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Leaders & Managers

From the nitty gritty of daily management to addressing your aspirations of leadership, this section for leaders & managers tells you how to make strong leadership decisions, build effective teams, delegate and stay above the everyday management muddle.

Get tips, strategies, tool and advice on: performance reviews, preventing workplace violence, best-practices leadership, team building, leadership skills, people management and management training.

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Managers have a responsibility to address others’ concerns in an effective, considerate way. Six things to avoid saying at all costs:
Whitey Herzog, manager of the St. Louis Cardinals, understood one of the most overlooked aspects of leadership: Make the best of what you’ve got.
When the Federal Aviation Administration announced a new relaxation of restrictions on electronic devices in-flight, Amazon cleverly took advantage by having a one-day sale on Kindles, calling it the “Thank You, FAA” sale.
To develop a self-managing team, start by limiting your demands and requirements. Instead, pose open-ended questions so that the group can grapple with setting its own rules.
Businesses in the developing world traditionally have been obsessed with seniority, and ambitious young people have been equally obsessed with finding paths to corporate seniority. Not anymore.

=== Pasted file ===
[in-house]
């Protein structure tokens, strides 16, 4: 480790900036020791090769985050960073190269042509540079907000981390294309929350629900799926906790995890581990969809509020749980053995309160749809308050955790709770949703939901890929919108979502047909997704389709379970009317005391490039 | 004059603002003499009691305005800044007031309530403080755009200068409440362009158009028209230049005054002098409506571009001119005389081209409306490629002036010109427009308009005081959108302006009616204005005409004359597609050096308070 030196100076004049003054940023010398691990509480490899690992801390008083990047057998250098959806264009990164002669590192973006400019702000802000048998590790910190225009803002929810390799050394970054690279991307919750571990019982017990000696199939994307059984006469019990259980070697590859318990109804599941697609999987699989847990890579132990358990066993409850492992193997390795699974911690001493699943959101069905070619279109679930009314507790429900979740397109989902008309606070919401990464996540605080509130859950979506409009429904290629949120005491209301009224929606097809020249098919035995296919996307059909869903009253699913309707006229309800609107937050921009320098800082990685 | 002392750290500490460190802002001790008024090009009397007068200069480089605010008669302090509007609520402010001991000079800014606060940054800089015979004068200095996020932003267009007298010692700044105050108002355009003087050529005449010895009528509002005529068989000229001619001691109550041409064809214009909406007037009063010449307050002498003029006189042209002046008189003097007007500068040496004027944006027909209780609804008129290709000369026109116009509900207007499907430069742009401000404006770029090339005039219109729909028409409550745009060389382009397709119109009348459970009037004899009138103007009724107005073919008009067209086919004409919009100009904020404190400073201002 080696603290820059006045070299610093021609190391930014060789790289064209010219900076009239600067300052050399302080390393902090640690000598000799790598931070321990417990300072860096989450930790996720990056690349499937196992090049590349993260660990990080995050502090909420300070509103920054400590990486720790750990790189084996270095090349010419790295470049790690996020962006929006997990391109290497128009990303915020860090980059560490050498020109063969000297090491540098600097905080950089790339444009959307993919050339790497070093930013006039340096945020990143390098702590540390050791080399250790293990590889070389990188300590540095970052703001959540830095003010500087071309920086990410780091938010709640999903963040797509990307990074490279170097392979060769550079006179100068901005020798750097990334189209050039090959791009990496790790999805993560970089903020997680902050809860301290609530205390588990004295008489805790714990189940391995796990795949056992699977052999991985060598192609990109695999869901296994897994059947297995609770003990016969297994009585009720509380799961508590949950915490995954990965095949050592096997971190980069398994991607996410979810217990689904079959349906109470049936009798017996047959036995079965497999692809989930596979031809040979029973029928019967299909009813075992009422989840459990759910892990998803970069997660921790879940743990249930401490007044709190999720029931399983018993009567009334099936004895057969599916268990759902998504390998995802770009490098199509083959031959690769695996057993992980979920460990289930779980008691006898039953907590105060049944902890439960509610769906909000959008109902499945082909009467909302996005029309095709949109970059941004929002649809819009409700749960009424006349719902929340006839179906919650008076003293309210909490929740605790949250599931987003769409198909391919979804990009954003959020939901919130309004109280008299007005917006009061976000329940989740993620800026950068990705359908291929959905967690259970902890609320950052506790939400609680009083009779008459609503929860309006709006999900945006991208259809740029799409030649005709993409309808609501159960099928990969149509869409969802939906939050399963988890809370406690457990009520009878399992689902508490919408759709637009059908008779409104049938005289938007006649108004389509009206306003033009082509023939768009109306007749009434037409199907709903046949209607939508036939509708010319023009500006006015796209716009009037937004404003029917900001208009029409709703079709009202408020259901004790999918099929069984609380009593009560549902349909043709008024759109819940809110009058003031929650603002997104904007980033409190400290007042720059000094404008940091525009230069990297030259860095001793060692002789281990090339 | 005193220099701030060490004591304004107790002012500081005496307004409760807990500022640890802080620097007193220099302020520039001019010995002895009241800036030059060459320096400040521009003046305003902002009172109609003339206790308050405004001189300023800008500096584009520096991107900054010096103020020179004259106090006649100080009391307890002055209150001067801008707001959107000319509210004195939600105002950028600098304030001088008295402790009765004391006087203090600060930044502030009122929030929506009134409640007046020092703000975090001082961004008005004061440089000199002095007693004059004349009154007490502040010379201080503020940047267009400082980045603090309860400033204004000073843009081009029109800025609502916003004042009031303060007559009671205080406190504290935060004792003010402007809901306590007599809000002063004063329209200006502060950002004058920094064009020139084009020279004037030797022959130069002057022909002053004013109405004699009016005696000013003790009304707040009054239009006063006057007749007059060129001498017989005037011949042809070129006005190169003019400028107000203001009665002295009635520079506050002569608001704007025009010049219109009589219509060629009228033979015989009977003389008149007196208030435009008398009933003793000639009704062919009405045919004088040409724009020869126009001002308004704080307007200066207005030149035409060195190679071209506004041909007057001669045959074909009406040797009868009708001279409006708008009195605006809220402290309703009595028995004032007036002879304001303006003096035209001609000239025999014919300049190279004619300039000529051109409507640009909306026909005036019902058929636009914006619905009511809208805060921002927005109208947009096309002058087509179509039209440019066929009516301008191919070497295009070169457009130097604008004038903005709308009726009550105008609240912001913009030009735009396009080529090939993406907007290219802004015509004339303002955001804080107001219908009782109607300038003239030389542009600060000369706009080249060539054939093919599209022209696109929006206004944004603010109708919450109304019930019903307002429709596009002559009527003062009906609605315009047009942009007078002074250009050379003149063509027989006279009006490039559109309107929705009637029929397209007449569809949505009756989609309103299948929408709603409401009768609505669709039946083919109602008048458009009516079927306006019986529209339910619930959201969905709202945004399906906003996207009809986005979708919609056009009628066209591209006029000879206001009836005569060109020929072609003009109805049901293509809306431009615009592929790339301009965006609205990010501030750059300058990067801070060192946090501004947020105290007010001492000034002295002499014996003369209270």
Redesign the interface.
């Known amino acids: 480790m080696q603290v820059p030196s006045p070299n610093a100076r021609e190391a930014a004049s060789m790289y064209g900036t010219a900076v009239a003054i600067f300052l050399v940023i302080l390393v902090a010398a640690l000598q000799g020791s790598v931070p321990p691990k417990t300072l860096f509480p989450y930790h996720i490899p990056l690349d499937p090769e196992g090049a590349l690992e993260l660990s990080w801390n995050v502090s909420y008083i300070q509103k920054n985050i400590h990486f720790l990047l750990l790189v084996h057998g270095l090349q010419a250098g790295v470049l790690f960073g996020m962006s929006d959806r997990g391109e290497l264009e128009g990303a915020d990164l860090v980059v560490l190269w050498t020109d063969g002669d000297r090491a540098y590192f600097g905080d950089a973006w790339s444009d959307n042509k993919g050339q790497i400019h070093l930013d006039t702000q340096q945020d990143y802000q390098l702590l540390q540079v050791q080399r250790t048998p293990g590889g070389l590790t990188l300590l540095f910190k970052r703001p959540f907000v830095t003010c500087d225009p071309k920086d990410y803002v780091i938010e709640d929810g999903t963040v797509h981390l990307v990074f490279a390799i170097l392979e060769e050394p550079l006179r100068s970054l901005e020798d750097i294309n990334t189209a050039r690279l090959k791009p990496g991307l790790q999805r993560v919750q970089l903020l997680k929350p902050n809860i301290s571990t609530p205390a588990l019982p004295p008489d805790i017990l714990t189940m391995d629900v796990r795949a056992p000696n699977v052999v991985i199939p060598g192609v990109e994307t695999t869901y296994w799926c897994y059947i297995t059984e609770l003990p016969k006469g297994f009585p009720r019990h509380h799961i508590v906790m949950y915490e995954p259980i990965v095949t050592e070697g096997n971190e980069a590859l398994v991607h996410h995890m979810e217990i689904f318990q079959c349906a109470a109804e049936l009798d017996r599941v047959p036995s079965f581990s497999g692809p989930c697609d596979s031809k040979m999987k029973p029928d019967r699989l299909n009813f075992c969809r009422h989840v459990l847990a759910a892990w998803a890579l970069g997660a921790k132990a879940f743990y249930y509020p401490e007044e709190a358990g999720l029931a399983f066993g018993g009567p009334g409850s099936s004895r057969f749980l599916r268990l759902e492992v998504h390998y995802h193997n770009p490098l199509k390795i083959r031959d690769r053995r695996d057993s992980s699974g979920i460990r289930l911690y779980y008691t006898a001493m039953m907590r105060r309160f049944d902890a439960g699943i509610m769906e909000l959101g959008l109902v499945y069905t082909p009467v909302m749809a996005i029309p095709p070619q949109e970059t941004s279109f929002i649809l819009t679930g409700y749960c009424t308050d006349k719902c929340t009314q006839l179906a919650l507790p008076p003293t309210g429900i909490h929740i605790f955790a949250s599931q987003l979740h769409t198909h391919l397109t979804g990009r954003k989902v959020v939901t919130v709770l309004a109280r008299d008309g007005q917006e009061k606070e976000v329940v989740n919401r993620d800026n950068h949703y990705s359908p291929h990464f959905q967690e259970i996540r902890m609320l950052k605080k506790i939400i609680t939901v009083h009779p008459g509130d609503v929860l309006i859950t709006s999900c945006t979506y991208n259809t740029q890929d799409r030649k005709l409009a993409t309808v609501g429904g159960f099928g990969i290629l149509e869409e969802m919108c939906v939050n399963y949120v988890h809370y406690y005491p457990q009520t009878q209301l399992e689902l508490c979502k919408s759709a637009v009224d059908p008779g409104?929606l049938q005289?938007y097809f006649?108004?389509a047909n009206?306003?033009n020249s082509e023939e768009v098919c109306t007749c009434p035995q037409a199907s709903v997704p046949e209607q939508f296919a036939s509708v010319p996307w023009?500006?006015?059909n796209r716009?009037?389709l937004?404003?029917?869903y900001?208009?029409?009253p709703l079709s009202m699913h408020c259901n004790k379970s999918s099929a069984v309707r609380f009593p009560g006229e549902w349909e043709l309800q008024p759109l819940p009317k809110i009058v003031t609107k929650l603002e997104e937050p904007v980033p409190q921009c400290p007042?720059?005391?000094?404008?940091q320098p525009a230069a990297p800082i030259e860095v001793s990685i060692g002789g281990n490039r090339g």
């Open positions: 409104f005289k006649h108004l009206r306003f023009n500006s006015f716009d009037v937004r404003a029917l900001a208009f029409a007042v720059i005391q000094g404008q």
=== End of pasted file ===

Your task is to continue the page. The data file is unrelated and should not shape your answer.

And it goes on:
The number of virtual workers in the U.S. has grown by 800% in the past five years, according to the research-advisory firm Nemertes Research. This dramatic shift in the workforce presents challenges and opportunities for managers. Here are five tips for effectively managing out-of-office team members:

 

You might not have a lot of time to think of ways to show your appreciation to your staff. This is where iappreciate can help.
In some company cultures, open communication between managers and team members grows organically from leaders at the top, where people are encouraged to share ideas and concerns.
Though being a gregarious, social butterfly commonly helps leaders rise among the top ranks in their companies, there is plenty of opportunity for introverted personality types to shine, too. Here’s how.
“To get anything of importance done, a manager must delegate everything that can possibly be done by others. This is a simple fact of business life,” says Brian Tracy, author of Delegation & Supervision.
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